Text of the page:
Butano State Park. Coastal Redwoods. Damp and dark at the stream basin. Areas of thick underbrush and overturned redwood trees. Steep slopes and moist, thin topsoil. Not the tallest redwoods but still big enough to be micro-environments in and of themselves. Ferns growing on branches 100 feet up. Purple Iris'.
An economy of sunlight, with the tallest trees taking the most and the animals and plants who dig moisture and shade thriving at the bottom. Some of the lower areas are only redwoods and ferns. Prehistoric looking. Banana slugs, moss, spiders in rotting, upturned root beds.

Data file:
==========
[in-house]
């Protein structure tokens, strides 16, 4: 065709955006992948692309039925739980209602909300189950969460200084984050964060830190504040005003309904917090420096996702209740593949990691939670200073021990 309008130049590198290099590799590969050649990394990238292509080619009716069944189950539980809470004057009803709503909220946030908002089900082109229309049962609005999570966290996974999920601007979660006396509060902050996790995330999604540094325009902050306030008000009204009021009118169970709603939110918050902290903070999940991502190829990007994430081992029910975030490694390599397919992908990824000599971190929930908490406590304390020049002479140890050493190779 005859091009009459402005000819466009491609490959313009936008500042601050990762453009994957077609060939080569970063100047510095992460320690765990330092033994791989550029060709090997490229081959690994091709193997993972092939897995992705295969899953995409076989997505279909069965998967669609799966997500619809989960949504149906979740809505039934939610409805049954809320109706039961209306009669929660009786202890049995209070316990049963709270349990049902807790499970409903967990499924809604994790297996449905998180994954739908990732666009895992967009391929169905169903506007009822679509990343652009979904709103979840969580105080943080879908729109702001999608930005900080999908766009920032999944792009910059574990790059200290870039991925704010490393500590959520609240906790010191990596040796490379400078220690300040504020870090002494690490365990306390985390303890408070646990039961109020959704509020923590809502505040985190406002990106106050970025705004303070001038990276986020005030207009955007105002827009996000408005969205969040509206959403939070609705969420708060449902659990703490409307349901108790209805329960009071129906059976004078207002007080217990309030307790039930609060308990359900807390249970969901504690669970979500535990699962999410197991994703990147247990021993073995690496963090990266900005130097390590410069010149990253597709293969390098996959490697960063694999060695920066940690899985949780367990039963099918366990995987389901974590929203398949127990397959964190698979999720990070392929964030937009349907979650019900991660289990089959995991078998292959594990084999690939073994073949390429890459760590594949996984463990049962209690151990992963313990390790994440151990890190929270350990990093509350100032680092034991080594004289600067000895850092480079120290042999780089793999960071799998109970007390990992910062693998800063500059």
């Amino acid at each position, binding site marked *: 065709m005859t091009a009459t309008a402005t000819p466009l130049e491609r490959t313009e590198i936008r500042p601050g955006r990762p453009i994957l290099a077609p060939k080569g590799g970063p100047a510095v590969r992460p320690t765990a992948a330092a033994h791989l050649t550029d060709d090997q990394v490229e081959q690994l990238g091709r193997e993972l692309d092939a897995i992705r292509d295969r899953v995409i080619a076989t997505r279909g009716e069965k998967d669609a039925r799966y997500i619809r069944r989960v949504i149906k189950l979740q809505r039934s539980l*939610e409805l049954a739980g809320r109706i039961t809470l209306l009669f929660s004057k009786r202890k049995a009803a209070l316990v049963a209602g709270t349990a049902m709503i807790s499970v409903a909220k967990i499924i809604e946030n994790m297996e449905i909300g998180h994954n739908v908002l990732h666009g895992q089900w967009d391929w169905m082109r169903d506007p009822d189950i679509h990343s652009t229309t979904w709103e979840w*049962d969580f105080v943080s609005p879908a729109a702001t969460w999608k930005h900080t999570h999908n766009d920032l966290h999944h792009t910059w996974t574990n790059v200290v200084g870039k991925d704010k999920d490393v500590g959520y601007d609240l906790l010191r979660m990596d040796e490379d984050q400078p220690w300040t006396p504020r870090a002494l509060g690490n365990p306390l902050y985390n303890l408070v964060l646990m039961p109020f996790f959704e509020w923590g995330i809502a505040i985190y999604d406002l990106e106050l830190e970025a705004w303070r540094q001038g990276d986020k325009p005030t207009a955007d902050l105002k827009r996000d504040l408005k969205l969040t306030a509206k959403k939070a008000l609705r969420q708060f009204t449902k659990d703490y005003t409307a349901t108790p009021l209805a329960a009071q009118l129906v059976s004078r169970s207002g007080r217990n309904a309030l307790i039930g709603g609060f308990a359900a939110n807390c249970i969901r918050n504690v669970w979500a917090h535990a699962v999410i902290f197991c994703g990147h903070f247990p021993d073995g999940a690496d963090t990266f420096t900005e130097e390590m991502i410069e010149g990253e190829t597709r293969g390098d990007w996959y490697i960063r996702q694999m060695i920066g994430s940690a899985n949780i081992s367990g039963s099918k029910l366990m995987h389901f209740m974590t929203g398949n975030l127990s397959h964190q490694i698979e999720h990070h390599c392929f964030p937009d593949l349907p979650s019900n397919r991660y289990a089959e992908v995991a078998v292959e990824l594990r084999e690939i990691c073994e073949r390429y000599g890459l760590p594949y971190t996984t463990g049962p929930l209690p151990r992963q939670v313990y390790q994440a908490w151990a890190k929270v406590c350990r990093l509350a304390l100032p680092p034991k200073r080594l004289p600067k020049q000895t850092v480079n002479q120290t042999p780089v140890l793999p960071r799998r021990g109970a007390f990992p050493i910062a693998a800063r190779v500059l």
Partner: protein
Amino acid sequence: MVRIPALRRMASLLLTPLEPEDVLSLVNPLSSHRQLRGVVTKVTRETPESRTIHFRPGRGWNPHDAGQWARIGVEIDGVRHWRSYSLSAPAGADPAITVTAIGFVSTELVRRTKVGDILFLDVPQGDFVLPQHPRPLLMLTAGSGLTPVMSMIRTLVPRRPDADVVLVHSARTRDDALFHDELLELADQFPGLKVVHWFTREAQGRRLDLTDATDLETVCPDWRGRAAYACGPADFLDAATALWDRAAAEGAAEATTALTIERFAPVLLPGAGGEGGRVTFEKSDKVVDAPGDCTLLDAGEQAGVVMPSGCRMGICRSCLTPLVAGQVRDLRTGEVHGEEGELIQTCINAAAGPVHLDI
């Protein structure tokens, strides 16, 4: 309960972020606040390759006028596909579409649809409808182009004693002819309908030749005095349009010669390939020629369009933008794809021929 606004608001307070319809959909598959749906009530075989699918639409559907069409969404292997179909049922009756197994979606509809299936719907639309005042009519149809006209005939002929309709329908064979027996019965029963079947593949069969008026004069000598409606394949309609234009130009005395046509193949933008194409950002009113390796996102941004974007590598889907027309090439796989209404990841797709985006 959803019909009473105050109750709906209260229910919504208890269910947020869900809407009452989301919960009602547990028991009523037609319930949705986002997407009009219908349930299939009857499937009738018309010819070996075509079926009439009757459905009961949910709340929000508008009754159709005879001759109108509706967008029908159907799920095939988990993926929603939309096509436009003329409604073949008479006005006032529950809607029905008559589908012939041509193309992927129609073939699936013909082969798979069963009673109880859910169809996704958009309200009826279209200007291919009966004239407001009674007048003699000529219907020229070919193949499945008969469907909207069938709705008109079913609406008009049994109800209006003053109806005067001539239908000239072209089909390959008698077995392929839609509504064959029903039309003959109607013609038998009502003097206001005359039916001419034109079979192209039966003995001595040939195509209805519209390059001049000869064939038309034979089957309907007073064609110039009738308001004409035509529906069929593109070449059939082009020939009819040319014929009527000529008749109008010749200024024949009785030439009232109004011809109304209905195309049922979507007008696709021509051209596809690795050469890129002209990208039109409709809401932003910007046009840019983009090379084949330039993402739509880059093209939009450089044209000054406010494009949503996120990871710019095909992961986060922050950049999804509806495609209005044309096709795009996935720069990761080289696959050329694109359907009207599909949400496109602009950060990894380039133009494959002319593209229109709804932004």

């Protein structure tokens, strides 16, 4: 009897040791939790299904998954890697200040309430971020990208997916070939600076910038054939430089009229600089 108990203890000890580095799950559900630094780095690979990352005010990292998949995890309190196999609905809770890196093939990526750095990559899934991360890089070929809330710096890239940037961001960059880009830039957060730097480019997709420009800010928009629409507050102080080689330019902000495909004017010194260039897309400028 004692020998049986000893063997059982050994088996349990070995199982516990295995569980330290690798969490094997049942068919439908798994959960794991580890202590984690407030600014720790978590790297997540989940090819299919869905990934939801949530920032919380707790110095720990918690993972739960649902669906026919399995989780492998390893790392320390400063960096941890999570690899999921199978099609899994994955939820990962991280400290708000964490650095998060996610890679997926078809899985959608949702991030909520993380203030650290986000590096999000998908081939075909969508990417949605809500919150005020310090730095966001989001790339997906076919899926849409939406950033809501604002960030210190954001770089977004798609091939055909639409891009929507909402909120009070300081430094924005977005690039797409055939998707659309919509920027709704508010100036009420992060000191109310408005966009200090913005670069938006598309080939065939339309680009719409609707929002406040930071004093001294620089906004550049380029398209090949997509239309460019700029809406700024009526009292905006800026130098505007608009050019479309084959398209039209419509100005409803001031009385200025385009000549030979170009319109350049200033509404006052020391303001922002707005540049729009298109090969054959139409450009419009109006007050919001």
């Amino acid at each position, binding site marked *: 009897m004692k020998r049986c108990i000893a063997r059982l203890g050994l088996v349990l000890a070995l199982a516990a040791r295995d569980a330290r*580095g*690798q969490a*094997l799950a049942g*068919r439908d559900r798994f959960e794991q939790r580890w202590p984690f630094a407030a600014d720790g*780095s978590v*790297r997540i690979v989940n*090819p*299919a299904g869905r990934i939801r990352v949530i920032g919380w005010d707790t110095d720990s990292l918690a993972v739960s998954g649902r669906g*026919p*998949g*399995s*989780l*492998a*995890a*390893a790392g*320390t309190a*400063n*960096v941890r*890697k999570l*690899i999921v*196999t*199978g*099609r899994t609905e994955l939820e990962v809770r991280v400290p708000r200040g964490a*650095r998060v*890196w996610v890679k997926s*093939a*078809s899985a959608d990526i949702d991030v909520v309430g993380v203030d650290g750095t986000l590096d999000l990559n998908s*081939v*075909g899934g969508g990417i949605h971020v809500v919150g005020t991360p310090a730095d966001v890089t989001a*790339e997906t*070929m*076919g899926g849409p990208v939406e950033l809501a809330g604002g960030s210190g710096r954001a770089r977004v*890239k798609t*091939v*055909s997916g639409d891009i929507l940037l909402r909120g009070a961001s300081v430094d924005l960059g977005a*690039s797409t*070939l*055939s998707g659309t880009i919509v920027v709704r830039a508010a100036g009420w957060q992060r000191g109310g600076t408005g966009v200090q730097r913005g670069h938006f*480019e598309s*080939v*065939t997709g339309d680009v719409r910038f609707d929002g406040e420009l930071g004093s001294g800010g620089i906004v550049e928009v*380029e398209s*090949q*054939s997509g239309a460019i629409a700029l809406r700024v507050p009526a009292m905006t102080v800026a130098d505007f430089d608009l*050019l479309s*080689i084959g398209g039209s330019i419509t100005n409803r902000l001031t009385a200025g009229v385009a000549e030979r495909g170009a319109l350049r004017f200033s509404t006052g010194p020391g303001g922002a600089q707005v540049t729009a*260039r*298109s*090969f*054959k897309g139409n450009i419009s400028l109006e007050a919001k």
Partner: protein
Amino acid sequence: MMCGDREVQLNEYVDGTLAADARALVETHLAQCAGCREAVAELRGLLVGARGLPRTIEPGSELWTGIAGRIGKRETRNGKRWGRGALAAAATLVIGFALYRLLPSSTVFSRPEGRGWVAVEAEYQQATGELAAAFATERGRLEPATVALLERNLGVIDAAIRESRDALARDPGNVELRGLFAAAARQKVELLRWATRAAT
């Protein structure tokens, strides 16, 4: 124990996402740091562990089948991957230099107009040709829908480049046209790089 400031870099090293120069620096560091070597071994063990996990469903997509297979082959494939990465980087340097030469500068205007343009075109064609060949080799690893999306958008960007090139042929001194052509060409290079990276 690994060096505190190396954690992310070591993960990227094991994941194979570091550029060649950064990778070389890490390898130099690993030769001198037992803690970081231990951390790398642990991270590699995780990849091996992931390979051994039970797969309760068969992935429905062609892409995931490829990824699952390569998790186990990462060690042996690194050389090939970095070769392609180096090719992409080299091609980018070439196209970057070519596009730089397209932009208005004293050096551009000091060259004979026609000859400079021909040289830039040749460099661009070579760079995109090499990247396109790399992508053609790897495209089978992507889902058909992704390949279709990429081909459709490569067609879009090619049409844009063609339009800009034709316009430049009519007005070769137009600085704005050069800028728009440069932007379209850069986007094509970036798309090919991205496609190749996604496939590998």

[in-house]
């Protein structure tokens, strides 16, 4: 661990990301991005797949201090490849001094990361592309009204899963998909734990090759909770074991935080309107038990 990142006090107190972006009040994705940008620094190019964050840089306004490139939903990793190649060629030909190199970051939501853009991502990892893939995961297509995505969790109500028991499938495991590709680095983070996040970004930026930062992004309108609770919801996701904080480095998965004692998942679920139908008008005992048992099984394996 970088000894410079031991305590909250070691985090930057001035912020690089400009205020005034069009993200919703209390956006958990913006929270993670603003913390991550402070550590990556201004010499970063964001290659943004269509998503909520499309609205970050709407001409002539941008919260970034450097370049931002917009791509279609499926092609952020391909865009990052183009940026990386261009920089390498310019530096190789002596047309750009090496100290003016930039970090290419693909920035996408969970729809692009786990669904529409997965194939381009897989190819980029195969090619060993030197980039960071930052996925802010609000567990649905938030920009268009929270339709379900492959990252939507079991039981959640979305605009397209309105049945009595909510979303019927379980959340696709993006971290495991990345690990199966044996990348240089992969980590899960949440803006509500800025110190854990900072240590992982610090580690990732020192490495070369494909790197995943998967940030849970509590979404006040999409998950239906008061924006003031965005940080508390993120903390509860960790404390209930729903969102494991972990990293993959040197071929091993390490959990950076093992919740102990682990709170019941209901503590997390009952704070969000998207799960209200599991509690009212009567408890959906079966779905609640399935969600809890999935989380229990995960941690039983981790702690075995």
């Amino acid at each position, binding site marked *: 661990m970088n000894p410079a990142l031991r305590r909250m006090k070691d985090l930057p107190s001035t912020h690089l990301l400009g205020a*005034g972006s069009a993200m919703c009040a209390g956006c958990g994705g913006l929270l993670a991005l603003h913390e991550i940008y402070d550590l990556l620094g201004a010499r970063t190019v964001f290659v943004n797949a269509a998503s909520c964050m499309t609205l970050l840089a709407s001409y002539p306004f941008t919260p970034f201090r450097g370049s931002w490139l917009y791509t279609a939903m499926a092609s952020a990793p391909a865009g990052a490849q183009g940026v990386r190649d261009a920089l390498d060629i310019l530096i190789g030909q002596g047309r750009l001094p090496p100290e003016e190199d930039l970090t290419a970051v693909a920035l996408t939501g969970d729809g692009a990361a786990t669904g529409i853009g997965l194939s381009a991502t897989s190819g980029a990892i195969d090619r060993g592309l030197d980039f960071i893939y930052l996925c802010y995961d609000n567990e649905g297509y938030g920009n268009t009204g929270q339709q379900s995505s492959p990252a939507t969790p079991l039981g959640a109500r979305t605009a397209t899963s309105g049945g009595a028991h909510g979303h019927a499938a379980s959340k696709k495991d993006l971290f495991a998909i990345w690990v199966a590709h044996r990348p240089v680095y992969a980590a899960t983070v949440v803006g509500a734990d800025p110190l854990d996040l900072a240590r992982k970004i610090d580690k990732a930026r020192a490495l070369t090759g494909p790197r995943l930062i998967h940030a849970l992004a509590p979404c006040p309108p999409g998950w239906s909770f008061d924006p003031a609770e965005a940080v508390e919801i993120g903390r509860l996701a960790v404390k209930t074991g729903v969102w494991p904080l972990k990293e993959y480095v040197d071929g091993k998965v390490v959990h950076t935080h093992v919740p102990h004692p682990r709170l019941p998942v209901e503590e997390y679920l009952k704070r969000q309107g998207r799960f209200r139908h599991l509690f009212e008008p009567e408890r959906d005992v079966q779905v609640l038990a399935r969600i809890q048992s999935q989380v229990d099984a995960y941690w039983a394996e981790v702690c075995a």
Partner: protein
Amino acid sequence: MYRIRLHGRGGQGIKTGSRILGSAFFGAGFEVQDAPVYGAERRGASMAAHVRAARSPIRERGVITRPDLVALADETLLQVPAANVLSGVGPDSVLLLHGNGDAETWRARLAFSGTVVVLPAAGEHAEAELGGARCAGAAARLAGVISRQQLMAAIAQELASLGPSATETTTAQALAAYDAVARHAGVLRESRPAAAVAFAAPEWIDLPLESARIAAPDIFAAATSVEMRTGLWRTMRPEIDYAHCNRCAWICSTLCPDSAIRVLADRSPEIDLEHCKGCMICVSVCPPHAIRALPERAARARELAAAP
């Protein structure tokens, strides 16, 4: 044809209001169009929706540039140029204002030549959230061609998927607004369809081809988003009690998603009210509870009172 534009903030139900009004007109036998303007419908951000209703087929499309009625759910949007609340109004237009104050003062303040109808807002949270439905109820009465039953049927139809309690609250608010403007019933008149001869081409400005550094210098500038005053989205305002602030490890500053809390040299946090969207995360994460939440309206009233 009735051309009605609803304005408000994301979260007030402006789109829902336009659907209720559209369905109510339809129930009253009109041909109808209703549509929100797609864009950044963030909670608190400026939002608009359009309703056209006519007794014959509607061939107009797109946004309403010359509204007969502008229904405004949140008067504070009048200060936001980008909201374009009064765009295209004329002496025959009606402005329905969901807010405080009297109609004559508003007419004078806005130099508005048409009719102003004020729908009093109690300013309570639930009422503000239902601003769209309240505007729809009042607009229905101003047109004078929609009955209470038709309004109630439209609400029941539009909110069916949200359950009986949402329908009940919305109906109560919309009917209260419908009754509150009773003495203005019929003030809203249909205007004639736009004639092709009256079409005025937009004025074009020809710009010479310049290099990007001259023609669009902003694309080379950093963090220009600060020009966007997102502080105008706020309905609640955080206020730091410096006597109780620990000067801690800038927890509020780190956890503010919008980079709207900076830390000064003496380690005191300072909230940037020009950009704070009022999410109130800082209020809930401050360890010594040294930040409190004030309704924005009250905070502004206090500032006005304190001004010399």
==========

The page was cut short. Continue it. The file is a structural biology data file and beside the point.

Going up the ridge. Small desolate areas of terminal Douglas fir forest. Dead trees that choked off their own light -- renewal cycle sustaining them in the overall balance and long term coherence of the forest's symbiotic mechanisms.
Hot, flat fire road with sunlight enough to sustain poppies. A relief to start back down the trail into the cool, moist air and complexities of the mixed Douglas fur and Redwood areas. Sharp patches of sunlight filtered though branches. Unusually quiet. Recent burn marks around the trees -- everything here evolving around the fires. Improvising to turn destruction into something good.
I love the chaos and order mixed together. Are these state park enclosures preserved areas of nature? Or are they now art?